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Procurement And Supply Chain Process In The Automotive Industry

How to drive efficient procurement

20Sep

The automotive industry is one of the biggest industries worldwide. According to KPMG’s Global Automotive Executive Survey 2015, the global auto industry had already reached sales of over 90 million units for just light vehicles. A number that is expected to rise steadily in the coming year, with sales in 2020 estimated to reach a staggering 111 million.

When you think that this does not include commercial vehicles like trucks, trailers and buses among others, the scale of the auto industry begins to attain clarity. In cars alone, the two biggest manufacturers sold nearly a combined 20 million units in 2015 alone, as per this article on Forbes.

The automotive industry is also one that relies heavily on supply chains and procurement. Think about it, thousands of parts and components go into making a car, motorcycle, truck, or tractor and no auto manufacturer has the capabilities to produce it all in-house.

From small components like rubber bushings and spark plugs to complicated devices like touchscreen infotainment systems and anti-lock braking systems, a huge variety of these components are sourced from third-party manufacturers. This is why procurement is an integral part of the automotive industry, as is supply chain management. 

The impact of procurement on the auto industry 

When there are problems with products or material received through procurement and the supply chain, the impact on automotive manufacturers can be catastrophic. This is embodied by one word that can cause a tremor of panic to run through even hardened veterans – recall.               

A recall is when an auto company has to replace a faulty component on any of their products - products that if not replaced, can sometimes have dire consequences. For example, Japanese bike makers Yamaha announced a global recall recently, as RideApart reports, the recall affected over 11,000 vehicles. Here are the reported issues, both of which could lead to dangerous complications. 

'The bike’s clutch pressure plate bearing may break due to an insufficient load rating, causing the clutch to not disengage and preventing the transmission from shifting properly. If that happens, a rider may not be easily able to stop the motorcycle, increasing the risk of a crash.

The second issue is related to the bike's oil pump. Due to the problem, oil pressure may not be properly regulated…the rear wheel could lock up, which, of course, dramatically increases the likelihood of a crash.'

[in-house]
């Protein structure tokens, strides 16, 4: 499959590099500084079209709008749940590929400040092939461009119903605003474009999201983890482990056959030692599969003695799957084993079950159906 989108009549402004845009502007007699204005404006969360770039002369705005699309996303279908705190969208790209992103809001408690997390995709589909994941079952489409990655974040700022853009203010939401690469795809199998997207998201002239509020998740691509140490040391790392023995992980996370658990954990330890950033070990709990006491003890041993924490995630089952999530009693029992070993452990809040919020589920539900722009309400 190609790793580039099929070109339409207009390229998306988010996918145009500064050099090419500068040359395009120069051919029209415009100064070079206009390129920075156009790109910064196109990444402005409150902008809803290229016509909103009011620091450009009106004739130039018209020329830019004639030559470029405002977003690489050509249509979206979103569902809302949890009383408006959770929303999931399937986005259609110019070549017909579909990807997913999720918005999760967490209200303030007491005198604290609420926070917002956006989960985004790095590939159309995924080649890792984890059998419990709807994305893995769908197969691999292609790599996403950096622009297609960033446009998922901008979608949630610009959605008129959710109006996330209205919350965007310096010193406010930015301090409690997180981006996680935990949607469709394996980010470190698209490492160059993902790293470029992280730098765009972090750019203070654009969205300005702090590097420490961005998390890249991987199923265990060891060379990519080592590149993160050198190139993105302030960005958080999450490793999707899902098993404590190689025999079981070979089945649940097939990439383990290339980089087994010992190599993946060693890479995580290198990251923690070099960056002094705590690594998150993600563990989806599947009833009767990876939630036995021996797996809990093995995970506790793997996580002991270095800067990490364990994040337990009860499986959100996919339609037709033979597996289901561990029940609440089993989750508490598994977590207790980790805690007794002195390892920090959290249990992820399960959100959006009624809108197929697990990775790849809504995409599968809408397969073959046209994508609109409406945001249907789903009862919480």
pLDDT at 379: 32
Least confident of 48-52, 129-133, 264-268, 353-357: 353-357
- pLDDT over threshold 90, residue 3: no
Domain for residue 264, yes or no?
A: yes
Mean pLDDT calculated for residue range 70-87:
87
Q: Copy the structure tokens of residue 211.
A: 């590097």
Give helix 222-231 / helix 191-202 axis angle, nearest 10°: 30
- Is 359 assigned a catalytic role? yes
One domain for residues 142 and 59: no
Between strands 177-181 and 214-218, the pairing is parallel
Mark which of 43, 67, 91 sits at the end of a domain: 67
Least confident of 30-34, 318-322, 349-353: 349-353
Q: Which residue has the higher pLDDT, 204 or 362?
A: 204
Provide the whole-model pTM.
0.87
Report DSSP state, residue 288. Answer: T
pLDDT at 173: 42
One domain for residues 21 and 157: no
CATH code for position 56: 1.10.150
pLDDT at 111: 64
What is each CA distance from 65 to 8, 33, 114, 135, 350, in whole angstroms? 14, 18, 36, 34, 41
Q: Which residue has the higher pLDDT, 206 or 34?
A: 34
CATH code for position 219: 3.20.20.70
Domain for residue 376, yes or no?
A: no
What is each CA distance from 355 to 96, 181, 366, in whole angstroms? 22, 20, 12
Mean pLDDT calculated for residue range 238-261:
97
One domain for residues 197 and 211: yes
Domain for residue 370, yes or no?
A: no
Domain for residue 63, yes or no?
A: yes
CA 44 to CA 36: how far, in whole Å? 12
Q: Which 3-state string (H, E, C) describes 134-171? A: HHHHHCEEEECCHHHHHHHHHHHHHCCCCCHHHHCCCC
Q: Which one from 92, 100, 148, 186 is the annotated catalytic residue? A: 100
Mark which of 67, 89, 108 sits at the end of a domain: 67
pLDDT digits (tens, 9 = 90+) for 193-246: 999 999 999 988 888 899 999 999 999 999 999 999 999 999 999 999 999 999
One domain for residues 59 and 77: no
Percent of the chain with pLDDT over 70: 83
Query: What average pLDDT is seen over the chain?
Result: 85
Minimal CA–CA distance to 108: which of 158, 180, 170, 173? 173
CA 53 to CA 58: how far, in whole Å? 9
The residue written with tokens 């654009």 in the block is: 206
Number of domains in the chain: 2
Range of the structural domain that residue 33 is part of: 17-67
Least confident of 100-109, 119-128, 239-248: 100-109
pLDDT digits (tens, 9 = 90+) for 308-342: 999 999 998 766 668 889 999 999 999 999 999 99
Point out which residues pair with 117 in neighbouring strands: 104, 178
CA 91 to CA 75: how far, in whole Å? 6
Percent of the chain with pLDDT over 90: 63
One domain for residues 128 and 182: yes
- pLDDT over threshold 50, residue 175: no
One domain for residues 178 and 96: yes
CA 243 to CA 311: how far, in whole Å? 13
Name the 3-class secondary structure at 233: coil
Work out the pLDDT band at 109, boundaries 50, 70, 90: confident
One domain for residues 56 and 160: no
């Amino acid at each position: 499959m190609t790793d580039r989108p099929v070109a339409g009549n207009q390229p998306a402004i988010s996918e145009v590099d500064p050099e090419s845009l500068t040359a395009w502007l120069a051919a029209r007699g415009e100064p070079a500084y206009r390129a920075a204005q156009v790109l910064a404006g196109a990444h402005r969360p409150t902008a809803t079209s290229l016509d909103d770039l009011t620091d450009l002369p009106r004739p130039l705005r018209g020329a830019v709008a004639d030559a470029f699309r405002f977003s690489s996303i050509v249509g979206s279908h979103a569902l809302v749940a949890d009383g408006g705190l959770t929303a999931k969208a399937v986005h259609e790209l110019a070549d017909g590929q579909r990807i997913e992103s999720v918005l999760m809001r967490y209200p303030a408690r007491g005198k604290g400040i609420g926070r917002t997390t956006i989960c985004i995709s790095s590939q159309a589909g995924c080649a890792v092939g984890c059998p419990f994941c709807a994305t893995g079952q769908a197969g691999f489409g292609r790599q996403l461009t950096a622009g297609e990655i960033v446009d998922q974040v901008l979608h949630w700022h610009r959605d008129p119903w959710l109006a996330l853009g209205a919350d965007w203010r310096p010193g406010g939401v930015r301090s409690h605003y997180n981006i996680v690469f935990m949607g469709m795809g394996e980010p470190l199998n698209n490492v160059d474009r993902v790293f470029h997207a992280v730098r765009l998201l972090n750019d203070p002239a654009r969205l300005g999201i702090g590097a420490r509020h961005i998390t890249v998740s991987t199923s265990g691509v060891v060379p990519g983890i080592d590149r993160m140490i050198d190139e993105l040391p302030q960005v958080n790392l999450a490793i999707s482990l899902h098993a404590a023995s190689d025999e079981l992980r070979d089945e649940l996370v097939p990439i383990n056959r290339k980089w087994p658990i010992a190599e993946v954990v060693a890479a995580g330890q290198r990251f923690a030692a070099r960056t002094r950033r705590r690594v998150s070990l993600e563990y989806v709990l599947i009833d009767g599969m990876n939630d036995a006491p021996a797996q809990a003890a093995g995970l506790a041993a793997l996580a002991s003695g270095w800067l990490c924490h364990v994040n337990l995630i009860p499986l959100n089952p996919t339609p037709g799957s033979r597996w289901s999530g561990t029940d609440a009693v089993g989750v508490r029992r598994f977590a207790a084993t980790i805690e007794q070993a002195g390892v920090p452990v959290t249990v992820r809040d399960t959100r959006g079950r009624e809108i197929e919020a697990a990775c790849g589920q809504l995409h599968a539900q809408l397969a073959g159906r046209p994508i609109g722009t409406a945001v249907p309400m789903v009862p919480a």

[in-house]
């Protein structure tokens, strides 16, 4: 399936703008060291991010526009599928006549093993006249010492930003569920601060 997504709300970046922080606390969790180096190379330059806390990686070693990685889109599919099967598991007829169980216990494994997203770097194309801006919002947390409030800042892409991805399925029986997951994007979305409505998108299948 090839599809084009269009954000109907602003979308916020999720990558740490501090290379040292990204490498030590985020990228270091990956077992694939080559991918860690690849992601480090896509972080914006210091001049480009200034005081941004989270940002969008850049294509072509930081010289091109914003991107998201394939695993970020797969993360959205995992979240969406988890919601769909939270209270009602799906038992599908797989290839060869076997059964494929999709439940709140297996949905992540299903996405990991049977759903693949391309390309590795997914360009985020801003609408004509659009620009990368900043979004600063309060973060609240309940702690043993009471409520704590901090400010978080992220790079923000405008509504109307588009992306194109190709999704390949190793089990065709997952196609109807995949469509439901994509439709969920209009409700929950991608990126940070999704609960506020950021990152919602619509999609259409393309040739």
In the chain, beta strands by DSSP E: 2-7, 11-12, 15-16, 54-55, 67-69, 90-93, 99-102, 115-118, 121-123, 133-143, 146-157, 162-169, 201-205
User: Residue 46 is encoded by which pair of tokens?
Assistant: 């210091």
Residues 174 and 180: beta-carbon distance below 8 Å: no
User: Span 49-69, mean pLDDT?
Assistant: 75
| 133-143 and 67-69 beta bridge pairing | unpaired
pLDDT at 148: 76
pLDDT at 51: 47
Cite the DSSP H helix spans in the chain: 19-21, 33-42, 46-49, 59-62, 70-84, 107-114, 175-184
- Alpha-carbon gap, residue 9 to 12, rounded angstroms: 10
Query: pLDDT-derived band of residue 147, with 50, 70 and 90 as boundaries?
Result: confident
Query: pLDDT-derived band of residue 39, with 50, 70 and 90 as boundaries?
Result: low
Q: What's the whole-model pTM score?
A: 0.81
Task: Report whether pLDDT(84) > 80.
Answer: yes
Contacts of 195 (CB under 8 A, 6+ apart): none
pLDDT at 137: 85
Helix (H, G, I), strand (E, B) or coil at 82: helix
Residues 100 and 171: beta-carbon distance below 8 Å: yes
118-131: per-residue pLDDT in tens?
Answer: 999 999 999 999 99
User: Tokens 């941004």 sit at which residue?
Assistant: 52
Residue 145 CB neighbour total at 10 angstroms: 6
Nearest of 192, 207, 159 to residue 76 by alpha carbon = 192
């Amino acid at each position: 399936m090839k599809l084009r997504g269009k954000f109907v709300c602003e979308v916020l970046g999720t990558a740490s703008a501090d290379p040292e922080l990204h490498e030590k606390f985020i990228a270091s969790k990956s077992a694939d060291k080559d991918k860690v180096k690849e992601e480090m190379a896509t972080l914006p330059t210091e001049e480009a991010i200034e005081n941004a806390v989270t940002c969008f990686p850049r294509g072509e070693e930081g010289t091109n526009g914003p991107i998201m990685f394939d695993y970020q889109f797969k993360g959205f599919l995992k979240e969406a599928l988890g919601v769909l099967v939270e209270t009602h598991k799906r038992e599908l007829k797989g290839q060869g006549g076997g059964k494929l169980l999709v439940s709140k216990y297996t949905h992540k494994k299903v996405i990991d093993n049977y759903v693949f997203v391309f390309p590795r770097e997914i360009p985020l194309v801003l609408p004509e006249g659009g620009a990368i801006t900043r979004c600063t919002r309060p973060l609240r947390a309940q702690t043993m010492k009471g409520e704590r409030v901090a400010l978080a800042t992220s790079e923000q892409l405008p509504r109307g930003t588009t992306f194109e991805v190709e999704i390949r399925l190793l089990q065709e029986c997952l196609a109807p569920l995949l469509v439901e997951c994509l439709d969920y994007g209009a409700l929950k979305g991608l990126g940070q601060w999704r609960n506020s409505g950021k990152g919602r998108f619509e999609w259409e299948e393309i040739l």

FIAT Chrysler Automobiles announced a recall recently, this one affecting a massive 1.9 million units, as reported by CNN Money. The affected vehicles range across sub-brands including Dodge and Jeep. The errant parts are standard safety equipment with problems in the airbags and seat belt tighteners. This one has already resulted in both injuries and fatalities, something the FCA has acknowledged in a statement:

'The company is aware of three fatalities and five injuries that may potentially be related to this condition.'

In both cases, the faulty components can be traced back to sourced material. Procurement for auto manufacturers is not just about speed of delivery and cost, because clearly, things can go very wrong if the supplied material is faulty. 

How automakers can improve supply chain and procurement

While situations like these cannot always be avoided, certain steps can be taken to improve procurement and supply chain management. 

Change focus from price to quality – Manufacturers have already realized that price cannot be the only consideration when looking for suppliers. Opting for the cheaper option can have undesirable results, to say the least.

Establish relationships with suppliers – Many times, auto manufacturers deal with multiple suppliers for the same or similar products. This leads to inconsistencies and issues, something that can be eliminated through cooperation with suppliers and focusing on single-supplier structures for all the components.

Use technology – Using supplier management software can streamline the whole procurement process. According to the providers of SMART by GEP Procurement Software, the benefits include greater supplier intelligence, improved supplier information and performance management, and even has a relationship management component.

Learn from recalls – Examining the reasons behind a recall, either internal or that of a rival’s, can lead to clarity on potential issues. Based on the information steps can be taken to avoid suppliers who manufactured these parts, and improve overall product quality.

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